29 February 2008

How not to be a Catholic Zombie

3rd Week of Lent: Hosea 14.2-10 and Mark 12.28-34
Fr. Philip N. Powell, OP
St Albert
the Great Priory and Church of the Incarnation

No doubt each of us here could write a book exploring the tragic spiritual consequences of a divided heart and a fogged mind, not to mention the resulting exhaustion from draining away one’s strength in dissipation and the hard work of entertaining anxiety. How quickly do we become ragged, stumbling spiritual zombies, more or less careening haplessly through a day, a week, a month until we hit wall or fall into a ditch, twitching and moaning, unable even to ask for help! But maybe, while we’re still clear-headed enough to wonder, somewhere in the increasing mushiness of our zombie brains, we ask, “How did this happen? How did I become a spiritual tourist? An accidental Christian? When did I become a Catholic Zombie?” When it happens, it happens for all of us at exactly the moment we love one thing more than we love God. It happens the moment my soul, my mind, my strength targets something other than God to love and then loves that target as if it were God. Jesus repeats the ancient prayer of Israel to the friendly scribe: “Hear, O Israel! The Lord your God is Lord alone!” He does so just for this reason: there is One we are commanded to love; One we are to worship; One we are to contemplate; just One upon whom we are to expend our strength to know and love: the Lord our God. No other, no-thing else; just One and Him alone.

Here Jesus teaches the friendly scribe the meaning of the Law; he does more than merely condense the Law into a pithy saying or two; and he does more than simply edit the Law to highlight his favorite parts. What Jesus does is unveil the foundation stones; he uncovers the roots at their deepest, the very ground of Who God is for us. Since our Lord is One, our love for Him must be one, singular, exclusively focused. But it is precisely because our Lord is One and that our love for Him must be singular that we are then capable of loving more than Him alone. In fact, loving God as Lord exclusively entails loving His creation, His creatures, and honoring their gifted-ends. We cannot, in other words, say that we love God and hate our neighbor.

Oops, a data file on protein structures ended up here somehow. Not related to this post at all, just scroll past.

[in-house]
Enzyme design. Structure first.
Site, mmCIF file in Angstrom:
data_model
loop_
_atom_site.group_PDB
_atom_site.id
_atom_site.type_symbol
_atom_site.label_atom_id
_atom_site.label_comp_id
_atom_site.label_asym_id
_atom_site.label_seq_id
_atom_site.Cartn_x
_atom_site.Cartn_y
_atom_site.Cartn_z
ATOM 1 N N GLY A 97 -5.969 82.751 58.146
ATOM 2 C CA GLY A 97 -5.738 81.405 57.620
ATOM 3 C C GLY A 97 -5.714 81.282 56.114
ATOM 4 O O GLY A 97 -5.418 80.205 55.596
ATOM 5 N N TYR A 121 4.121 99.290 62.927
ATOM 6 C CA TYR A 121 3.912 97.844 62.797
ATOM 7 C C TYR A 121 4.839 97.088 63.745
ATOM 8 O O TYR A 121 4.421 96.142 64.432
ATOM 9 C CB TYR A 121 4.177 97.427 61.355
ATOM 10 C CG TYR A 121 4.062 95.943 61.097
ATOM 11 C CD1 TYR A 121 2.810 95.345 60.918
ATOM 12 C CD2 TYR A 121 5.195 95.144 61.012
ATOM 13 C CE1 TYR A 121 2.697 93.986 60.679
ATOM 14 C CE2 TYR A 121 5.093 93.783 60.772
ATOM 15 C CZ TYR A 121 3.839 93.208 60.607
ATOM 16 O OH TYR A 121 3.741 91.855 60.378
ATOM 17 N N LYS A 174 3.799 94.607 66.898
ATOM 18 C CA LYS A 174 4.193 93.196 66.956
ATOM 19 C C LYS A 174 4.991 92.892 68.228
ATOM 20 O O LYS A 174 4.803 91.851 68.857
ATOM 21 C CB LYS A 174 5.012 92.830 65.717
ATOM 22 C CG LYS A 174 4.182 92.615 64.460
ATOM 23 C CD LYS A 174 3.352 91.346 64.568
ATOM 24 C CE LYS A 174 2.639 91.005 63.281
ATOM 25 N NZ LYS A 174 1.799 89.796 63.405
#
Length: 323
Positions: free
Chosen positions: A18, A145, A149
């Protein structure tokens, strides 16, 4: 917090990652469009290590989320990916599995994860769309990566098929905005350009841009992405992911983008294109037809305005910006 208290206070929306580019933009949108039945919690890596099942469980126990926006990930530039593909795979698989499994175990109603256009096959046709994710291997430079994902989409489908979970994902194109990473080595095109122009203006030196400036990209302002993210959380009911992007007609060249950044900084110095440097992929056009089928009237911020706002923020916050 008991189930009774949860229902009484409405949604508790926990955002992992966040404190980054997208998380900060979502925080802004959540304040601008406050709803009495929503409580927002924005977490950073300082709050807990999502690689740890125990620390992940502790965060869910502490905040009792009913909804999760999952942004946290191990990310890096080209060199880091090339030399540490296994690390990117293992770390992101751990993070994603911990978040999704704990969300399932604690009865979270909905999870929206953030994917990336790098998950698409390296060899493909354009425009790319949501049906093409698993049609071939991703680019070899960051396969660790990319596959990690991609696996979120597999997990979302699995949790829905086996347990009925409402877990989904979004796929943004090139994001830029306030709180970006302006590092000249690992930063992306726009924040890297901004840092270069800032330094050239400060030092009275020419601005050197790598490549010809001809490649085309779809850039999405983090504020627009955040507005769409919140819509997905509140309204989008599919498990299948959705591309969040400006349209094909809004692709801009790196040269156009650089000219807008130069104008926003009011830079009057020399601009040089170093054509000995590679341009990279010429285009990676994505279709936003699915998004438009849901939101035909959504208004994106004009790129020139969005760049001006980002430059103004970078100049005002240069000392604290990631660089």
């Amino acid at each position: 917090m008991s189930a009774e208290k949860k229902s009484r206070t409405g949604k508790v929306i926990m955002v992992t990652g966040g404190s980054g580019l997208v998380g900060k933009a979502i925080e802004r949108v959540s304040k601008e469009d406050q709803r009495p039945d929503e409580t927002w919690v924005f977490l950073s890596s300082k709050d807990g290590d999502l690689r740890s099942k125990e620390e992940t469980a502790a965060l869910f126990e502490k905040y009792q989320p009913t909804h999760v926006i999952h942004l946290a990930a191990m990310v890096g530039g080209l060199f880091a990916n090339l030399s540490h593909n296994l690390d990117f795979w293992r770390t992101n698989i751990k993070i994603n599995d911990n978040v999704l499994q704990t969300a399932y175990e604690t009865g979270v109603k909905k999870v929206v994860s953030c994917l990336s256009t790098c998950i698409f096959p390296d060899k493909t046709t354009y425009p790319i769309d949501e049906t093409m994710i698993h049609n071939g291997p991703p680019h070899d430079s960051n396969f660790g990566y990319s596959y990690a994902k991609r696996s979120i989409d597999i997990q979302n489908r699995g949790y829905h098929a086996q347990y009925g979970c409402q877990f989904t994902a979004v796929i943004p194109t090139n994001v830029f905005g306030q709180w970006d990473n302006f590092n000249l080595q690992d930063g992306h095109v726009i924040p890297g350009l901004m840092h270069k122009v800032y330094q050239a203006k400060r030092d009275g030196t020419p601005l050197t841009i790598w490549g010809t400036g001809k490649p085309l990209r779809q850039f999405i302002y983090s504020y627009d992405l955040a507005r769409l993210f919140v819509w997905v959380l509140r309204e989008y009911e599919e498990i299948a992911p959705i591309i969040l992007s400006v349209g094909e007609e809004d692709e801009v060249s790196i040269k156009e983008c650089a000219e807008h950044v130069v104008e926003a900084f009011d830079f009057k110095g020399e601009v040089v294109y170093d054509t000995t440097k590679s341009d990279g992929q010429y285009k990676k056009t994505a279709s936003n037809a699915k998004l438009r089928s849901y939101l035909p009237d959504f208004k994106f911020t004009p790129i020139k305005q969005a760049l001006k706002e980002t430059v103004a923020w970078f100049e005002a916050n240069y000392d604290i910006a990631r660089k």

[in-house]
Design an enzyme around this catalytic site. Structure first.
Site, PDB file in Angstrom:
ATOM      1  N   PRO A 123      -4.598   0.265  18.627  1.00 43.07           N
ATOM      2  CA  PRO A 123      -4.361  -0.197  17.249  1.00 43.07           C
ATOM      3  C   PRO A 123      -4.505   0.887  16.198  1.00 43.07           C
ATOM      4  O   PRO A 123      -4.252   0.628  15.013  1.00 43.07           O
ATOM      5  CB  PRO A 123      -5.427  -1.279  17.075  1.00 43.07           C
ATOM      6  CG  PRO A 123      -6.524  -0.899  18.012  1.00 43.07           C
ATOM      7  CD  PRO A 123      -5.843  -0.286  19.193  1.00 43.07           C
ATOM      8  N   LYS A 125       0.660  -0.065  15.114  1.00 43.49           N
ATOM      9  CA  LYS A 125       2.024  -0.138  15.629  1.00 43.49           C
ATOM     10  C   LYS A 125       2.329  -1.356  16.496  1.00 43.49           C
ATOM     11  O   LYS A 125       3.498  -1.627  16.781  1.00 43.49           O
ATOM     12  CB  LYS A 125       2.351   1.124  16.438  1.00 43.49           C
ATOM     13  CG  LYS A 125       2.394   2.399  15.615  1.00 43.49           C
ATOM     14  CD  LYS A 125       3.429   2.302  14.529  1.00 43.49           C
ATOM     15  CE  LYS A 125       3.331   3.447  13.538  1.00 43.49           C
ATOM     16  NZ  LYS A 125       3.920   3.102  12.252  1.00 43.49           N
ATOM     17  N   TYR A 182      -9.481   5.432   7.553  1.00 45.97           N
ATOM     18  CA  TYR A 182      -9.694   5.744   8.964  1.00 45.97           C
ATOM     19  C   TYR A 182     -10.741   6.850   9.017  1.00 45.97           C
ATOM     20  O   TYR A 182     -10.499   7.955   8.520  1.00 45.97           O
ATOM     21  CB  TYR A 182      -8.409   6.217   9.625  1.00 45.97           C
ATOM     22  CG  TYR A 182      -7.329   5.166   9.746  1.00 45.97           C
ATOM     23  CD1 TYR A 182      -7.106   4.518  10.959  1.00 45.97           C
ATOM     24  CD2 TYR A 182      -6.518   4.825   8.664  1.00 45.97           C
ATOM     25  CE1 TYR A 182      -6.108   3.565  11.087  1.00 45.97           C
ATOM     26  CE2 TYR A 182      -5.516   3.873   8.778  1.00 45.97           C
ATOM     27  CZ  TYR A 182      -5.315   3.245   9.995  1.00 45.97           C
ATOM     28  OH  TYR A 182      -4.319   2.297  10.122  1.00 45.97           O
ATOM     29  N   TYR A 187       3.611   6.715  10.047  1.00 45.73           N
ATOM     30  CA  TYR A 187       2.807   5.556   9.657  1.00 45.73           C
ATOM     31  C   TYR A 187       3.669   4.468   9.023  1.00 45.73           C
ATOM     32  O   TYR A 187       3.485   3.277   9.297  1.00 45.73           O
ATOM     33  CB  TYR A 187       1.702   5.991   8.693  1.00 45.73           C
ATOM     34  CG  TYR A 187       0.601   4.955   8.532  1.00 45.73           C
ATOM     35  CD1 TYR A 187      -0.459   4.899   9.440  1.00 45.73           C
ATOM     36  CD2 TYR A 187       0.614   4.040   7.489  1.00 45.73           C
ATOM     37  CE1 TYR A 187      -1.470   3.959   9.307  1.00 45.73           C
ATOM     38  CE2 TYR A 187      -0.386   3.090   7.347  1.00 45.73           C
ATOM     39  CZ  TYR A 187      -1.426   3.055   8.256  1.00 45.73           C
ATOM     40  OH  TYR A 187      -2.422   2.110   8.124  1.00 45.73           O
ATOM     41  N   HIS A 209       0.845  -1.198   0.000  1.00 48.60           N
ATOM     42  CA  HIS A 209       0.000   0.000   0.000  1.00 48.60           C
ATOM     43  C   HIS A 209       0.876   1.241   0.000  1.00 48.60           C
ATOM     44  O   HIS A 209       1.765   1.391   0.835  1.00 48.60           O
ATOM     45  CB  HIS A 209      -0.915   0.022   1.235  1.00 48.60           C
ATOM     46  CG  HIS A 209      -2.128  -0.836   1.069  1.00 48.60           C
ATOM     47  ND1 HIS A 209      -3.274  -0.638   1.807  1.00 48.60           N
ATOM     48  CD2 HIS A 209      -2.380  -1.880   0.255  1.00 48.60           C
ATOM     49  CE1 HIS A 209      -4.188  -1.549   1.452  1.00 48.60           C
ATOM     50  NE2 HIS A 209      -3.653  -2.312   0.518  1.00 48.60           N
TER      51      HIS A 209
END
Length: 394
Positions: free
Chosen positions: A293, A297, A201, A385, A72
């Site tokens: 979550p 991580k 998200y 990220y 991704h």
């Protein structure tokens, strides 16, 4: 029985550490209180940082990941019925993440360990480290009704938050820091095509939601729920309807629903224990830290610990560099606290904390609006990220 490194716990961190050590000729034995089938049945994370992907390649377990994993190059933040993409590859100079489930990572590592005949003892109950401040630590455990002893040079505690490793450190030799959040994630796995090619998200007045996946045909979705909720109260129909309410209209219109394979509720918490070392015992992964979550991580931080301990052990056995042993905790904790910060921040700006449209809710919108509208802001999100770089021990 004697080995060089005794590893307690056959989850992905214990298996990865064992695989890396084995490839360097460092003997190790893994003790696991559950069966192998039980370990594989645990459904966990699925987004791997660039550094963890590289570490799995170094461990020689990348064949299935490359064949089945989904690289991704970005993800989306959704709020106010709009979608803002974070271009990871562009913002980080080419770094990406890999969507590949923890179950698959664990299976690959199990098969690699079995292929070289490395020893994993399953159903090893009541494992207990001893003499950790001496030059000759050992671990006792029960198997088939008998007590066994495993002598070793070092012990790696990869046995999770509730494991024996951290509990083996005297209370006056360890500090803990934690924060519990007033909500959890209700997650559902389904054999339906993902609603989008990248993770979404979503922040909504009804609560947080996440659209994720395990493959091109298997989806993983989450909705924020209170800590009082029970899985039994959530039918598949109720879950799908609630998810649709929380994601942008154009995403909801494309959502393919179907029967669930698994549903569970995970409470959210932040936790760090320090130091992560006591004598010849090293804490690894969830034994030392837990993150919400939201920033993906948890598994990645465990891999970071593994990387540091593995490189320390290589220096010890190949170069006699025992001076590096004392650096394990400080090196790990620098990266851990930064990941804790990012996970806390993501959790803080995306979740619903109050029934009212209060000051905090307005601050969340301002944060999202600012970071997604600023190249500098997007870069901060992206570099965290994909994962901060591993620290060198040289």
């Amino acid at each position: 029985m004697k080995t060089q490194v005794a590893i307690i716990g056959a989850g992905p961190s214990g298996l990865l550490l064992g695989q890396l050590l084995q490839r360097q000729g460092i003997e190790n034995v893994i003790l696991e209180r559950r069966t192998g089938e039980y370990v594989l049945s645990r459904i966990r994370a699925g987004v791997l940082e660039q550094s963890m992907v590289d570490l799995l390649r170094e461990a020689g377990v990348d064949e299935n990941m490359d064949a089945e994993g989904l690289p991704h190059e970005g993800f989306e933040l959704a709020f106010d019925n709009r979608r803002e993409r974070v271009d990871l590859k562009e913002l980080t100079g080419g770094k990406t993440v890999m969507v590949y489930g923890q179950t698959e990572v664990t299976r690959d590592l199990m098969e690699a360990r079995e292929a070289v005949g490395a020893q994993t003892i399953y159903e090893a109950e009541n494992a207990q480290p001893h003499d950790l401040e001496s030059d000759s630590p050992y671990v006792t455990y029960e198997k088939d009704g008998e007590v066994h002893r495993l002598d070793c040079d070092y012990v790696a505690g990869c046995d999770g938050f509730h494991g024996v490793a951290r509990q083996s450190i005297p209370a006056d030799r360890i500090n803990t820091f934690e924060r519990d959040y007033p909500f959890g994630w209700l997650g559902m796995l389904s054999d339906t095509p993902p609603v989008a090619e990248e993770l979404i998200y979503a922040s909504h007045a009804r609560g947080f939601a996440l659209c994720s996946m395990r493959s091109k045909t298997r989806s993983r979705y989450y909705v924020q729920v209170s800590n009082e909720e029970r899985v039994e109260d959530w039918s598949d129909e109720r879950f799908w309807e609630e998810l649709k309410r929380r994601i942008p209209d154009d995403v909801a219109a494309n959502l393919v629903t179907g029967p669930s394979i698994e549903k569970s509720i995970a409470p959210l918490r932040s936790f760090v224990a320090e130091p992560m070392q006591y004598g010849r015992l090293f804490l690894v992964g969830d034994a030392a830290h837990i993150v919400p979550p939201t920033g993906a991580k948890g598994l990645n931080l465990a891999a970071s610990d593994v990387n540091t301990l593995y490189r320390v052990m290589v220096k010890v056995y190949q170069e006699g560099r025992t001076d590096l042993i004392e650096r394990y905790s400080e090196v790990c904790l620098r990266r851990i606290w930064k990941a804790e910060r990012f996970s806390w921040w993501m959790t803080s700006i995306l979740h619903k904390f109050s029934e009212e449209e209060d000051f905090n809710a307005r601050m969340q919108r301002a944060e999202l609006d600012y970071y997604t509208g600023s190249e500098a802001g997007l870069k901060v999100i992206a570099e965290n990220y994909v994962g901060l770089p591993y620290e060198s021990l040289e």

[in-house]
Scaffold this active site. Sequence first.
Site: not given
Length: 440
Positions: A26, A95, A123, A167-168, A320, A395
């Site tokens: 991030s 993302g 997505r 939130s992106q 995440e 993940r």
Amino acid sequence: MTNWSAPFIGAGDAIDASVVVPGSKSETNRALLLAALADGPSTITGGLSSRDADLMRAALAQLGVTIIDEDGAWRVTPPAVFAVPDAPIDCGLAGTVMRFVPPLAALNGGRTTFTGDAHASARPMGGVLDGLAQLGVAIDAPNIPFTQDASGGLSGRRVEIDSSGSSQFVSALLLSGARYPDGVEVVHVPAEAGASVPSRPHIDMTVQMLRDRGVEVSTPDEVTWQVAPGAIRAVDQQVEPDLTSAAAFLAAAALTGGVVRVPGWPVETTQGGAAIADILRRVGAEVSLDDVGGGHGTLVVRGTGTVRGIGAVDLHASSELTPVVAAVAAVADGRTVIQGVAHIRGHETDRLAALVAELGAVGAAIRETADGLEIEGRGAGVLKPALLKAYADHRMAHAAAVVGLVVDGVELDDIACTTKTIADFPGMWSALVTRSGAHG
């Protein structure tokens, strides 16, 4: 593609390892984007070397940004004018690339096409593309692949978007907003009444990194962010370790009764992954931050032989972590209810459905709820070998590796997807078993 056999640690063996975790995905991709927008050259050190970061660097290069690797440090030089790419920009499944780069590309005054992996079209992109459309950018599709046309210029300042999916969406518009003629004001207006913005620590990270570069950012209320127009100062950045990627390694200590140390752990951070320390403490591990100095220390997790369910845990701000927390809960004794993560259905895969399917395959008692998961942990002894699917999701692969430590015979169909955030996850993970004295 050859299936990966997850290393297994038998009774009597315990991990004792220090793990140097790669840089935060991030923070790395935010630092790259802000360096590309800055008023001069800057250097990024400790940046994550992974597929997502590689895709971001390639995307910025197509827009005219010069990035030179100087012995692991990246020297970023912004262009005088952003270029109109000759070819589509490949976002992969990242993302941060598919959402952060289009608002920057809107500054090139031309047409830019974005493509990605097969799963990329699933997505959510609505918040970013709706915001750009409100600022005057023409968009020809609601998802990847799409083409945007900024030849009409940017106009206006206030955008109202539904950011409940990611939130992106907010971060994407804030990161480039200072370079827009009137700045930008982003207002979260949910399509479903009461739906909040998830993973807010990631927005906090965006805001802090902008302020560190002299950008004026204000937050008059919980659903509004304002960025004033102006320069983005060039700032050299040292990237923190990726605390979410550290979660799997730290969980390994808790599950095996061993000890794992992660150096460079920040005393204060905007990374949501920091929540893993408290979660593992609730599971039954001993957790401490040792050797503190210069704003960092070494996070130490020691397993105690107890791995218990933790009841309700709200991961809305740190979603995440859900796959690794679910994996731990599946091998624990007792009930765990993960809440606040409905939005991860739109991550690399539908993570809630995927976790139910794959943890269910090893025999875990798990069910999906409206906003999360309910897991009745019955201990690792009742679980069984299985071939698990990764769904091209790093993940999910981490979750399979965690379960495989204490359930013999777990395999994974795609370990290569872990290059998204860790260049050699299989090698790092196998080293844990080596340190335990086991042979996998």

The genius of Jesus’ teaching lies in the way he moves the abstracted notion of “loving God” into the natural world of real things: loving self, loving neighbor. By directly binding the commandment to love God alone to the commandment to love neighbor as self, Jesus makes it possible for us to “reverse engineer” a revelation of Who God Is for us as Love; that is, since there is just one Love, the one divine love we share in as members of the Body, we are shown—imperfectly—the divine face when we will for ourselves and one another what God wills in love for us all. God’s will, my will, your will, our wills, One Will together in love! When this happens, we can say of ourselves what Jesus said of the scribe, “[We] are not far from the kingdom of God.”

What stands in the way of this grand union of wills in love? The divided soul, the fogged mind, and a dissipated strength; that is, a scattered sense of your purpose as loved creature; a mushy brain confused by error and folly; and your potential as an eternal companion of God squandered on living passionately “just right now for right now.” Think about it: zombies are the walking dead! And you can’t get deader than when you turn everything you are toward a stingy life of Me-Me-Me. Look at Jesus’ temptations in the desert: personal wealth, personal power, personal aggrandizement. The Devil offers our Lord the only thing the Devil can offer any of us, The Temptation that we face in our Lenten desert: the chance to be our own god; to love self without Love Himself. Do this and you throw yourself into a vacuum, a permanent place of Nothingness, a terrible emptiness.

Christ does not urge us to love or exhort us to love or persuade us to love. He commands us to love. And as strange as that might be, the stakes are too high—even in the face of doubts and fears— the stakes are too high for us to do anything else but love as He loves us. Just look at the Cross and ask yourself: why would anyone do that for, why would anyone die for me?

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